Green’s Dictionary of Slang

billy n.3

[? King William IV, in whose reign (1830–37) the practice began. The silk handkerchief was a central part of costermonger fashion, often aping that of the prize-ring, where fancy handkerchiefs were an essential trademark of certain fighters. As Mayhew notes, in London Labour and the London Poor (1861–62): ‘The costermonger [...] prides himself most of all upon his neckerchief and boots. Men, women, boys and girls all have a passion for these articles. The man who does not wear his silk neckerchief – his “King’s-man” as it is called – is known to be in desperate circumstances, the implication being that it has gone to supply the morning’s stock money’]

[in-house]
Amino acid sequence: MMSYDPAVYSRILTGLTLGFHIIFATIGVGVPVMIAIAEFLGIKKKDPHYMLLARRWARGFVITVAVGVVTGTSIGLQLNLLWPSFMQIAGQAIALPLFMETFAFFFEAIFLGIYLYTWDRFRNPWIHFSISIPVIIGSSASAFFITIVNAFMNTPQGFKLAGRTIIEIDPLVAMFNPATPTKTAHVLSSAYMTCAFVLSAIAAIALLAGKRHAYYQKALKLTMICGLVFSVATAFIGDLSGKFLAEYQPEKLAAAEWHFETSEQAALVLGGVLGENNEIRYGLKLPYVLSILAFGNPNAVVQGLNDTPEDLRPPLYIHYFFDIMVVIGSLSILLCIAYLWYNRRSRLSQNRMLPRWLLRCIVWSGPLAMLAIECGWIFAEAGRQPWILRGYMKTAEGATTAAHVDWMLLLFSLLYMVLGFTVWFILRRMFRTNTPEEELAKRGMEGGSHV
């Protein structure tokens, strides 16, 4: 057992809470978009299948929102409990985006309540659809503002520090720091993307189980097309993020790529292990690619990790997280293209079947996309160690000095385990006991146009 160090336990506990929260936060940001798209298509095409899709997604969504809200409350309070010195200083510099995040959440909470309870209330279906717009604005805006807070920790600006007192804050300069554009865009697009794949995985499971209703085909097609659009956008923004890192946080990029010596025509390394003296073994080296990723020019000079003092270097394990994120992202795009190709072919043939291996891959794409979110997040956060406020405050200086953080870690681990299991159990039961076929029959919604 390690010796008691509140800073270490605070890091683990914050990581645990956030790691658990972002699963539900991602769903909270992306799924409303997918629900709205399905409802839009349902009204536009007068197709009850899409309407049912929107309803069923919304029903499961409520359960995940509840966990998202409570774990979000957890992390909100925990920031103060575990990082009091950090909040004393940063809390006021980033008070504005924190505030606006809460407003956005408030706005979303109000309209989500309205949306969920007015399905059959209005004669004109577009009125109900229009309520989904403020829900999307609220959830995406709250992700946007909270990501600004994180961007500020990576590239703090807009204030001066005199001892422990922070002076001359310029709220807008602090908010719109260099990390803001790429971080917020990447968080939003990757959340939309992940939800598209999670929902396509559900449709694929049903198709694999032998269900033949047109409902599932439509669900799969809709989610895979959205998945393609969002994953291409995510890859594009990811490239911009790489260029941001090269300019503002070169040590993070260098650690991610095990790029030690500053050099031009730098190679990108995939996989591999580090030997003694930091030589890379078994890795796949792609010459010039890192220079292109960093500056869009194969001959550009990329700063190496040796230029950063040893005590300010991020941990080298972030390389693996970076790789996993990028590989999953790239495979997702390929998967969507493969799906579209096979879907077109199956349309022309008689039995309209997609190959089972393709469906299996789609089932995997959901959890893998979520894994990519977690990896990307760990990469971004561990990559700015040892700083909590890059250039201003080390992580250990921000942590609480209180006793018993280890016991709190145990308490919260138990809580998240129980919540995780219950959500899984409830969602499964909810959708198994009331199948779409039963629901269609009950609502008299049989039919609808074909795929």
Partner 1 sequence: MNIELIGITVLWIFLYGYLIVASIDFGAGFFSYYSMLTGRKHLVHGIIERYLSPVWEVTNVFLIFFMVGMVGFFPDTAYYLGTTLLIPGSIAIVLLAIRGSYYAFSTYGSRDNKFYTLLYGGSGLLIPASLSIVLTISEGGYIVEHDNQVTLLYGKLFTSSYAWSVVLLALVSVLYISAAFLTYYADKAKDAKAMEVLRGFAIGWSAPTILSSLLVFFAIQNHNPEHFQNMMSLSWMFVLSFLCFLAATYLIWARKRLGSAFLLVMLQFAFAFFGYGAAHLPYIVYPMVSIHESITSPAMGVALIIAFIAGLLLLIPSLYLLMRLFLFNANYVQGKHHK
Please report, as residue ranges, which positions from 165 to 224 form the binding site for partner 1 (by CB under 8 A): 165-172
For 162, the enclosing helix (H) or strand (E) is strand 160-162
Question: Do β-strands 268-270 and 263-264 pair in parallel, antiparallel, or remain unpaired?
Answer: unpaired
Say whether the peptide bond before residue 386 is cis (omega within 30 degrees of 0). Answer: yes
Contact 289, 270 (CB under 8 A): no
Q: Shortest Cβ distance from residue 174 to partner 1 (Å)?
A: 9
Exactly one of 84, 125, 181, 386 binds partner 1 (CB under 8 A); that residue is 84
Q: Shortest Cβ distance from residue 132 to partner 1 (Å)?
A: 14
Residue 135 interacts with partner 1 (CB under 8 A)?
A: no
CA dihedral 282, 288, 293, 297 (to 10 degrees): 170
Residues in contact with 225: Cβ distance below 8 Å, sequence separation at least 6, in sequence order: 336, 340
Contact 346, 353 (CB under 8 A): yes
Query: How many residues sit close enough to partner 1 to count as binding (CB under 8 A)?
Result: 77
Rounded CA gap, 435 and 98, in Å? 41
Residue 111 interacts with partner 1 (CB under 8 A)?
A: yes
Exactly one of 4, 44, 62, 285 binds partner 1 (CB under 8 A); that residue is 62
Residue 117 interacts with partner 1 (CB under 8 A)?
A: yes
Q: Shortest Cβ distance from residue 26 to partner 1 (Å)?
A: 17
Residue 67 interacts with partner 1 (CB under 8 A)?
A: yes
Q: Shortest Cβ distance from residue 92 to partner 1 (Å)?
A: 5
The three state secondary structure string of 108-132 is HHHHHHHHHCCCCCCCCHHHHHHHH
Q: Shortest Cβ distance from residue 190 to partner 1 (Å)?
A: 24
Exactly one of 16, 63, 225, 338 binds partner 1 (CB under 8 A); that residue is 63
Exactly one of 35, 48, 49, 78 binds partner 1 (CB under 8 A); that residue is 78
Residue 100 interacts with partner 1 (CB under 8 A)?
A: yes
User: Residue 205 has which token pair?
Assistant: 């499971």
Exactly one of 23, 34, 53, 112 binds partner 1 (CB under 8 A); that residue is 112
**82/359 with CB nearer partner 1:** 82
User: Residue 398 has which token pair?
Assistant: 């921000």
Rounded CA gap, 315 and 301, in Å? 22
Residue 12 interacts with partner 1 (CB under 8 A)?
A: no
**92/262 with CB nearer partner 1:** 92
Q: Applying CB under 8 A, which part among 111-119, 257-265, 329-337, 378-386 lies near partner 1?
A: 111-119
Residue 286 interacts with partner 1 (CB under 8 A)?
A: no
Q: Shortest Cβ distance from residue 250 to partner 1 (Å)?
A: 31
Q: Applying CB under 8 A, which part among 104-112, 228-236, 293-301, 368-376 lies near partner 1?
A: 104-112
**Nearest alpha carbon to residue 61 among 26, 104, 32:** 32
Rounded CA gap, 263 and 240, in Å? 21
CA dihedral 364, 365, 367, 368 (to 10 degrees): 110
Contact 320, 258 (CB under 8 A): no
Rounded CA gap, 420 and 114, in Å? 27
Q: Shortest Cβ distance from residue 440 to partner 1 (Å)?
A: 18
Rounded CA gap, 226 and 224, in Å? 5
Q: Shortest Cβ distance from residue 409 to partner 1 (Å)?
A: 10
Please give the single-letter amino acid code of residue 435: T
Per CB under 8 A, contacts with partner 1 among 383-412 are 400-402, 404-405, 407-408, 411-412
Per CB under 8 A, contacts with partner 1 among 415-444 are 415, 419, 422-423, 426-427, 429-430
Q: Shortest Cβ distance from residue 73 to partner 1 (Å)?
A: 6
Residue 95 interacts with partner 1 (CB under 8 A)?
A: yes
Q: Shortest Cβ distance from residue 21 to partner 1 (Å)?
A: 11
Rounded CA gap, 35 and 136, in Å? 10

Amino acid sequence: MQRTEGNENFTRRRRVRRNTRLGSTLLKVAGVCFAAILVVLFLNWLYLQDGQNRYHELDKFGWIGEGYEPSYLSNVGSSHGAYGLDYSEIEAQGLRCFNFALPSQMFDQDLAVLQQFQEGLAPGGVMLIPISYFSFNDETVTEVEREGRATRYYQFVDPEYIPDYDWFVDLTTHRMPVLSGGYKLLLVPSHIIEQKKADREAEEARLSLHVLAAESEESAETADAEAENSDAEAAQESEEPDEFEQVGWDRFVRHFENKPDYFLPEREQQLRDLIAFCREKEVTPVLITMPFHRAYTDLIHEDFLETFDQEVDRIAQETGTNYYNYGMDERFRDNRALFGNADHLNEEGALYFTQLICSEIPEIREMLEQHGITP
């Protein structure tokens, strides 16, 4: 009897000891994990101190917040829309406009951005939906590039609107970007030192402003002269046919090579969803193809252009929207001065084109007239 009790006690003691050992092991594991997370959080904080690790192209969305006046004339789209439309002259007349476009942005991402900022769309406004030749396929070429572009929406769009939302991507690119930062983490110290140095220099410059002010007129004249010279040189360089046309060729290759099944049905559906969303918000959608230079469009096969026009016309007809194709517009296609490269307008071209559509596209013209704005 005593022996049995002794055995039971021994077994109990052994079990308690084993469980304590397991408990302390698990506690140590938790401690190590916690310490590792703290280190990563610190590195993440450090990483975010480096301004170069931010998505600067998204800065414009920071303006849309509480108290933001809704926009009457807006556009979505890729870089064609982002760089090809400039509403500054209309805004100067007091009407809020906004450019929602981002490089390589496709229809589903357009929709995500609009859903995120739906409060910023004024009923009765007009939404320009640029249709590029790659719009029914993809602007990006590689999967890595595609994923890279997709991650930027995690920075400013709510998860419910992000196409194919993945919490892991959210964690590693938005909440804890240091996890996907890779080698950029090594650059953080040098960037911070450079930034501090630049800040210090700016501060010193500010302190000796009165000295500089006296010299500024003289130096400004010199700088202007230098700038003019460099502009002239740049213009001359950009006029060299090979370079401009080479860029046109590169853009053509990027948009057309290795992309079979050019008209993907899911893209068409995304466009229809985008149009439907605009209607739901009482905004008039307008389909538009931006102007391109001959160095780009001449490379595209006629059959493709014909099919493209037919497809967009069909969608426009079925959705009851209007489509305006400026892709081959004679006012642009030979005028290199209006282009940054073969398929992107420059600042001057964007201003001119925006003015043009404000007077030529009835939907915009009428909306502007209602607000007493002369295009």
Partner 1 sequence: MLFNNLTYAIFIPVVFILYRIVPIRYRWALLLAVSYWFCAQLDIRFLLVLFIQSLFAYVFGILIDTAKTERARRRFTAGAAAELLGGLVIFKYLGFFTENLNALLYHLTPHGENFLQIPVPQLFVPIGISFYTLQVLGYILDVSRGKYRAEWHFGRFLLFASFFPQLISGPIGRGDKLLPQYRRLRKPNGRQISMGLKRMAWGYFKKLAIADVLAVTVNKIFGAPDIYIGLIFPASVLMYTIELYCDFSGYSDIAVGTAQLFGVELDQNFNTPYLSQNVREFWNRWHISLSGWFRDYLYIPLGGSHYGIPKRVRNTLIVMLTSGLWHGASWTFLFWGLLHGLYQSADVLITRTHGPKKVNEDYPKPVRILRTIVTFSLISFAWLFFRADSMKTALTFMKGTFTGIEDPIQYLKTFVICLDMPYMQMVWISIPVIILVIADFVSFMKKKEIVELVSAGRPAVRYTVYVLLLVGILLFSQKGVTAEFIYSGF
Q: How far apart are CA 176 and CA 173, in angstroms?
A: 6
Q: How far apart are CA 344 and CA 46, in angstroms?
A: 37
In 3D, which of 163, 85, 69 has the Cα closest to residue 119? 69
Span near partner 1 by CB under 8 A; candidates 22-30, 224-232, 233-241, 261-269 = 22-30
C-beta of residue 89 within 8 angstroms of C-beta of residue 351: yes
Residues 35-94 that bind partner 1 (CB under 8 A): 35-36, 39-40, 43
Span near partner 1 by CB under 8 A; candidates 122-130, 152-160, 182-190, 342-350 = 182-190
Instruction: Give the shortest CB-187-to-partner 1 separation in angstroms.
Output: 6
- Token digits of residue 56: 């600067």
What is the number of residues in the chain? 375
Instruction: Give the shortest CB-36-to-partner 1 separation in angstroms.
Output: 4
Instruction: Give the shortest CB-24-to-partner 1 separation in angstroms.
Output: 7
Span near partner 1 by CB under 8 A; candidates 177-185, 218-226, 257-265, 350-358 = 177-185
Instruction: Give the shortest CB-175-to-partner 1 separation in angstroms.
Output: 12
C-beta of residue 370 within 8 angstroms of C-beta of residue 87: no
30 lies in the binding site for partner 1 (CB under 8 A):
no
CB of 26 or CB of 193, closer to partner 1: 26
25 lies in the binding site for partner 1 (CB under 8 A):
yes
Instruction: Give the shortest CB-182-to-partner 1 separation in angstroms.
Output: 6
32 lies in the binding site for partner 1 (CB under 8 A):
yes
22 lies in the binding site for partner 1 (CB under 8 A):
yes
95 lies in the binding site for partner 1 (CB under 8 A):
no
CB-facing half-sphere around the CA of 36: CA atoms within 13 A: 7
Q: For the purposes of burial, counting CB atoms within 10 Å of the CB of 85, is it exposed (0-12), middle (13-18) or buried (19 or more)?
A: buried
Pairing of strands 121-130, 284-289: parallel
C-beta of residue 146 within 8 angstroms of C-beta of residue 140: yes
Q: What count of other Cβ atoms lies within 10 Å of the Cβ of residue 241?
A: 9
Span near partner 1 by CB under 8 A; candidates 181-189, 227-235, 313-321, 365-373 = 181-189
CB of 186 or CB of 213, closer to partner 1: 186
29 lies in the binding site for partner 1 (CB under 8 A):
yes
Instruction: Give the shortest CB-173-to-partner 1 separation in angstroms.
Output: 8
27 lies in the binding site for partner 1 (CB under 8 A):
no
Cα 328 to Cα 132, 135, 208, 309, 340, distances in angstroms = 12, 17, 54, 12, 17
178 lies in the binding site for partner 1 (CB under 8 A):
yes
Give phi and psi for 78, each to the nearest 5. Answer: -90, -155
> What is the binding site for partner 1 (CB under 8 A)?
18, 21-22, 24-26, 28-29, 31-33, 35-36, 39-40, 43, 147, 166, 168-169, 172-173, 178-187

a silk handkerchief, worn by London costermongers.

[UK]W.A. Miles Poverty, Mendicity and Crime; Report 115: The new term for handkerchiefs is a Billy, for which pickpockets have peculiar terms known only in the trade.
[UK]J. Archbold Magistrate’s Assistant (3rd edn) 444: A silk handkerchief. A billy.
[UK]Hotten Dict. of Modern Sl. etc.
[UK]Hotten Sl. Dict.
[UK]Dundee Courier 4 July 7/4: His headgear — he had a soft ‘billy’ tied round his head.

In compounds